This hopefully gives them a reason to use them in a way that is manageable and demystifies them, seeing them as just another piece of vocab.

For follow up I am setting noticing skills, asking them to see if they can find other examples in newspapers / magazines / films and bring them into class.  As always, the key is trying to make them a little more autonomous and get them reading outside the classroom environment.

*I am using ‘phrasal verb’ in the lesson to describe multi-word verbs, I know therre is a debate about what is and what isn’t but don’t think it is necessarily helpful for students to play that out in front of them.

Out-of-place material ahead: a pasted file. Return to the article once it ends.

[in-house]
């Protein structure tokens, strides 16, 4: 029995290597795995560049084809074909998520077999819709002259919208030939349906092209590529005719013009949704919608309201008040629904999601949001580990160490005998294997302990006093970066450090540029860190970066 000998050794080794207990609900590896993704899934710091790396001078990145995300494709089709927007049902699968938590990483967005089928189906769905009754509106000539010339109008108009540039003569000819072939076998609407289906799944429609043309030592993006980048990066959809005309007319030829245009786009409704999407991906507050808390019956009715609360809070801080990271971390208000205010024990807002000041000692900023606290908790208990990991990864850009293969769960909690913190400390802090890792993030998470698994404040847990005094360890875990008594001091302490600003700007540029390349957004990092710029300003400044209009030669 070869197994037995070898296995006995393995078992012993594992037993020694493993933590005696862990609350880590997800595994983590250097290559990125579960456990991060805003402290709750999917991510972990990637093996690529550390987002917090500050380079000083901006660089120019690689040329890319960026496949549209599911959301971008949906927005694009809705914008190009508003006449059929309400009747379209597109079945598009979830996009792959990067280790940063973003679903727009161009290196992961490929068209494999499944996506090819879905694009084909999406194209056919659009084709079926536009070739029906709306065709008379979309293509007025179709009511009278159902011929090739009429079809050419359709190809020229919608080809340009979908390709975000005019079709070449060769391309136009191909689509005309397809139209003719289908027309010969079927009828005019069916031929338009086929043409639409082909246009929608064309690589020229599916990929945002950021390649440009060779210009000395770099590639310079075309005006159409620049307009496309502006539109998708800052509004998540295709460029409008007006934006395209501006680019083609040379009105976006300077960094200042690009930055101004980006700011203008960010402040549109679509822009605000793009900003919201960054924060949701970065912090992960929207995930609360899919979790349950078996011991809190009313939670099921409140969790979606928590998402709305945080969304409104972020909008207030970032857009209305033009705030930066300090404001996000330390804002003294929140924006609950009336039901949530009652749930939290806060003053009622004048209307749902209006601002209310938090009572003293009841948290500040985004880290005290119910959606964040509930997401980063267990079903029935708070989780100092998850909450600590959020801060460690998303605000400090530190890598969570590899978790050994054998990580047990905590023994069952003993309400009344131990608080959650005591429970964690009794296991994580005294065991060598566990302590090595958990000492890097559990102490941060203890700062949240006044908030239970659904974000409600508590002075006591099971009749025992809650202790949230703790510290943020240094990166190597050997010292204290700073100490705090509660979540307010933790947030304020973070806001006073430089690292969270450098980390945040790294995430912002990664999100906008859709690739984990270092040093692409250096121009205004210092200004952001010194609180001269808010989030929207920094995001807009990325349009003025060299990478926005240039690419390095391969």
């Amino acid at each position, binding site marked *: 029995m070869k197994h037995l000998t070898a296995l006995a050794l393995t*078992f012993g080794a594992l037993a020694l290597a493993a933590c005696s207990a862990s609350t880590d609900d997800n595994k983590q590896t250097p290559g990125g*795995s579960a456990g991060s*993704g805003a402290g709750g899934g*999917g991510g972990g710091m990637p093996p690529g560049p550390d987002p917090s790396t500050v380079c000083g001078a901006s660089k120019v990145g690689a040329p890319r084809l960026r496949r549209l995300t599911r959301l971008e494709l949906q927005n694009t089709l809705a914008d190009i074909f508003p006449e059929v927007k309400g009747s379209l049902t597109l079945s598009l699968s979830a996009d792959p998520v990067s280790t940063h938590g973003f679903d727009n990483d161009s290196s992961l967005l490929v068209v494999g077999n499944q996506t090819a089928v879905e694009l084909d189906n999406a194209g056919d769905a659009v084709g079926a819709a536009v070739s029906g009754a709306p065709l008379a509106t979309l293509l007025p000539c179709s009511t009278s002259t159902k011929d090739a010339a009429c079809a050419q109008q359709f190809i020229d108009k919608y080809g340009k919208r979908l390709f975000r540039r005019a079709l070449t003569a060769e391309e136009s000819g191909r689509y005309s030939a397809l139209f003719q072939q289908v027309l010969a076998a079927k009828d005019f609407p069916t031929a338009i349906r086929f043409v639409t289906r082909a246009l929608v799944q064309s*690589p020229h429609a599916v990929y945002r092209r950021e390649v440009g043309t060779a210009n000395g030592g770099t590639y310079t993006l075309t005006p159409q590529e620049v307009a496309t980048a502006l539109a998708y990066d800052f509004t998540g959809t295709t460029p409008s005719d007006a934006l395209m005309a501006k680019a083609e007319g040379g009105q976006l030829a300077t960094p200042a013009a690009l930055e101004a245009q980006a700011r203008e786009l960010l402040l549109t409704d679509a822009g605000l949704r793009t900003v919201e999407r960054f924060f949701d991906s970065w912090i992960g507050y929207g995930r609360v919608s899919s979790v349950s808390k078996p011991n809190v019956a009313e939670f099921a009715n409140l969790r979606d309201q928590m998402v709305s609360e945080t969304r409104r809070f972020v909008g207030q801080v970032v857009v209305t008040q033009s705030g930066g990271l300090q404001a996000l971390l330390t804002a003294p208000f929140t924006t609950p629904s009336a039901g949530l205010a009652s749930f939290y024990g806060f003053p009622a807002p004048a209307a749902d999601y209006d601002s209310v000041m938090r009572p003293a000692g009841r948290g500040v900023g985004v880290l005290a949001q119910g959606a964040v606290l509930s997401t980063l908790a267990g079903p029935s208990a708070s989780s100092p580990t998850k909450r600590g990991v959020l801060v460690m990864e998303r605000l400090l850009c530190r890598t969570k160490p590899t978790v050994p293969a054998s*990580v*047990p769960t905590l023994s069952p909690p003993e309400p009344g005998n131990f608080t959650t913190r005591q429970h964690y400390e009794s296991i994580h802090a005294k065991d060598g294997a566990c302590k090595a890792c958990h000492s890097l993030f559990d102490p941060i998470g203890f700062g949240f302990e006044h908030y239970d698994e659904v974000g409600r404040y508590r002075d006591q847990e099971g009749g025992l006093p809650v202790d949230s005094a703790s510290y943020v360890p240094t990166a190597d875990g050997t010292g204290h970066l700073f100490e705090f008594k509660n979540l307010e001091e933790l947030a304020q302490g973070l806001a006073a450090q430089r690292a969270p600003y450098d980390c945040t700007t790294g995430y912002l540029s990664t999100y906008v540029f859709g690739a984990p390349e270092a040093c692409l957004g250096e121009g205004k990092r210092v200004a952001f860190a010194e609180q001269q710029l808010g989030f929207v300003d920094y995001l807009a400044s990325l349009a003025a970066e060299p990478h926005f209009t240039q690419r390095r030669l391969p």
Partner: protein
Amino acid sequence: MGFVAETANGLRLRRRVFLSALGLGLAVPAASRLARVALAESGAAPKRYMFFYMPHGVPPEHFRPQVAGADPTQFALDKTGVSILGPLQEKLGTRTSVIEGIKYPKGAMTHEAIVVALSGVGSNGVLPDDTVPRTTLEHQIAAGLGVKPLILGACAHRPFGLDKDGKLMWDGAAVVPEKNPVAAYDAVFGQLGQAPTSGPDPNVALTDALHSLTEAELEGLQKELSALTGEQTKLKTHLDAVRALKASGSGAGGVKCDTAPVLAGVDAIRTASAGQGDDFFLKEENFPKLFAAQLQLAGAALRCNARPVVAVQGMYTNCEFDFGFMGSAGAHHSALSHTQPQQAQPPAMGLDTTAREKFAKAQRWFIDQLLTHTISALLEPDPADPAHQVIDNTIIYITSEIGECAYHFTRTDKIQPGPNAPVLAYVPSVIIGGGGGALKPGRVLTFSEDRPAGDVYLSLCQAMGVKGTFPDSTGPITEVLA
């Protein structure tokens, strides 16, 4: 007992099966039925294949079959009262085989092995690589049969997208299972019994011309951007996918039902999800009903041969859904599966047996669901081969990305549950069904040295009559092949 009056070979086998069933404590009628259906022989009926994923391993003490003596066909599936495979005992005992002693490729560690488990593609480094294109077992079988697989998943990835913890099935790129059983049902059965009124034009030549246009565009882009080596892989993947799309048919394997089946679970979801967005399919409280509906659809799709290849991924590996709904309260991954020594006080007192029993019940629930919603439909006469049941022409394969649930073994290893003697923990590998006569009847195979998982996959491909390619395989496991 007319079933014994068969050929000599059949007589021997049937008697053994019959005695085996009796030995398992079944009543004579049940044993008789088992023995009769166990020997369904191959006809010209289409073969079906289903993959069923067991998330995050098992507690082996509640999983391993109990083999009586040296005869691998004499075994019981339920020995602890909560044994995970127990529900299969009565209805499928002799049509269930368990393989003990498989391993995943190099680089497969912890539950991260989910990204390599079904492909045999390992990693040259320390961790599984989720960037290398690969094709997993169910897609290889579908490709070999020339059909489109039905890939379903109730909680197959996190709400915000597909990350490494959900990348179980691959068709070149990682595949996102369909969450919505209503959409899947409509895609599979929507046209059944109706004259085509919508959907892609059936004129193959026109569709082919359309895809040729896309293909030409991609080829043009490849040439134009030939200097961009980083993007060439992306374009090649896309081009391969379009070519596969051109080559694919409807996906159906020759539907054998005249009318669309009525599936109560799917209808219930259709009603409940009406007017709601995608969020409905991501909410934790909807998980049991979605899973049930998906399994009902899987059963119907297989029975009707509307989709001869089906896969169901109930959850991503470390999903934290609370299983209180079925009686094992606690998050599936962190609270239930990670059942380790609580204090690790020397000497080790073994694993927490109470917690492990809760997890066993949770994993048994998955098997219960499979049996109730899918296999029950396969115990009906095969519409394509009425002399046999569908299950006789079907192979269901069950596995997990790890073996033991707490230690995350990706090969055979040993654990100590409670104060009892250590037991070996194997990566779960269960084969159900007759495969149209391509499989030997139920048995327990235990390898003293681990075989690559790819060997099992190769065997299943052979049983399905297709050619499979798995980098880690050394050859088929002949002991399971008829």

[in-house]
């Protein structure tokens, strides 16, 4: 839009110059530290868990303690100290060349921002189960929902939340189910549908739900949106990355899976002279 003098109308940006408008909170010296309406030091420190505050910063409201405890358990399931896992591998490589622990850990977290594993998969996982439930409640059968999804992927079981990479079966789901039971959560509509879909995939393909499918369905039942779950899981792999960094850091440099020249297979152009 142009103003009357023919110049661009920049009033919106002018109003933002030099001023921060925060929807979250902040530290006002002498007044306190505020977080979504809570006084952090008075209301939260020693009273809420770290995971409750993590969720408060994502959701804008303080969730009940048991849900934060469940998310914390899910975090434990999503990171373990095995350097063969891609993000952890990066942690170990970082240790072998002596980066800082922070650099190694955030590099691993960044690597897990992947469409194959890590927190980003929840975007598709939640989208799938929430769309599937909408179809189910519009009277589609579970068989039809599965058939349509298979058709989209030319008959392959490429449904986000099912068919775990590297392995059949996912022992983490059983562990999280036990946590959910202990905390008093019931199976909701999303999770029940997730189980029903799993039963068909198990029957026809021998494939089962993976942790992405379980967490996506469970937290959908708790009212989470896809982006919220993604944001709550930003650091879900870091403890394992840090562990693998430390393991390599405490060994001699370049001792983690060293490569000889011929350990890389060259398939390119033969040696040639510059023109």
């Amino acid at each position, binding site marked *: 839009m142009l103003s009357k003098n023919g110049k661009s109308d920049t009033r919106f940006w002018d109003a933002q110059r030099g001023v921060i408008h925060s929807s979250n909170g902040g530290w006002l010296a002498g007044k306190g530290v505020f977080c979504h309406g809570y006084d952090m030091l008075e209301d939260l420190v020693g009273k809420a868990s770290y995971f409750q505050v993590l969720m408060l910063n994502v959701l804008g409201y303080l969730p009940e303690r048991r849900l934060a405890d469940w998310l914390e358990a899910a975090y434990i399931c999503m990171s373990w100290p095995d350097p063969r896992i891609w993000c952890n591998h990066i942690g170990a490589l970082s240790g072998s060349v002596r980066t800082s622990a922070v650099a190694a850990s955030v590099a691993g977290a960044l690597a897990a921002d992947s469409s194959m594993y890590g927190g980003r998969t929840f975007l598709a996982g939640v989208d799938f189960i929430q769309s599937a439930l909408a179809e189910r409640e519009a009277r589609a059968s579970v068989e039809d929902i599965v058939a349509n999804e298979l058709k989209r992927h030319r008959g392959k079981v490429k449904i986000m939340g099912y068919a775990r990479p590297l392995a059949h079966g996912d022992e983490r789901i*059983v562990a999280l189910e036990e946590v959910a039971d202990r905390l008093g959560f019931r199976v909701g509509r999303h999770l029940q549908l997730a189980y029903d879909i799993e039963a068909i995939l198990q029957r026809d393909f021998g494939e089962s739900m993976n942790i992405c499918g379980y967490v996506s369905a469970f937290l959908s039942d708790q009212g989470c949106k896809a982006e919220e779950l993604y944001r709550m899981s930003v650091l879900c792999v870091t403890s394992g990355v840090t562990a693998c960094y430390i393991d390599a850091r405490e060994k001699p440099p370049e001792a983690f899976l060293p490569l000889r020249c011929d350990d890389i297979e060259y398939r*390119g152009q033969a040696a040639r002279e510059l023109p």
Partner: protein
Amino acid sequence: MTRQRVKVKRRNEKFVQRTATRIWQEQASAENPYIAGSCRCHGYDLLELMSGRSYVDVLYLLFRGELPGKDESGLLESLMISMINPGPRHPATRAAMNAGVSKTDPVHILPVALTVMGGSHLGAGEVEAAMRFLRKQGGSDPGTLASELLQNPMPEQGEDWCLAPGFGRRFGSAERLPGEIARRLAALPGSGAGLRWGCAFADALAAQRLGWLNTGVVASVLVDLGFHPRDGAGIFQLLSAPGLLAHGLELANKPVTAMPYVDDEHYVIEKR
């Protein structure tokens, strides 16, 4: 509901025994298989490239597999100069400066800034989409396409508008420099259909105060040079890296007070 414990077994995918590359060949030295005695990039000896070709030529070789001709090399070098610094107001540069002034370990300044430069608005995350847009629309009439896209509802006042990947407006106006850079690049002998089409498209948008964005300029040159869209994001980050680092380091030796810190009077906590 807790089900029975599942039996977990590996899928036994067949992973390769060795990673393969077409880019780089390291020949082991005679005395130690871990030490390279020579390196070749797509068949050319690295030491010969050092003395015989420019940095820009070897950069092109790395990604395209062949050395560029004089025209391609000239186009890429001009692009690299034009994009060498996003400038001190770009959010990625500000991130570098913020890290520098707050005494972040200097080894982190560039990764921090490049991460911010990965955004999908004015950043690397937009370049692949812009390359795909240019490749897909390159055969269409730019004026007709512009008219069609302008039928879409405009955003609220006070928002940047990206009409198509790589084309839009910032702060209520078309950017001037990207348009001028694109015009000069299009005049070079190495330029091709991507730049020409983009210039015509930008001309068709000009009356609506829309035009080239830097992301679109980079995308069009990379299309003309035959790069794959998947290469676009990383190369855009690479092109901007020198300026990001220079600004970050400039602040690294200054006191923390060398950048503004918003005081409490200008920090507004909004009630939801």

Level: High Int +

Aim: To highlight the effect on register of using phrasal verbs


This lesson starts with a little sort of needs analysis, getting students to think about this first just helps you to find out more about their strengths and weaknesses.

Needs Analysis: You could set it as homework and then ask them to bring it to class to discuss, but I do this as my warmer.  Depending on the students this stage can last between 10-30 mins.


  1. I think the second option is correct, but in a sense you could accept that both are correct
  2. look at is not a phrasal verb – look into (investigate) and look up (search in a dictionary/online) can be both normal verb and phrasal verb.  Look for meaning search for something is a phrasal verb.
  3. Students own answers and good for discussion
  4. probably more spoken but not exclusively.  There are some phrasal verbs which we use a lot in written English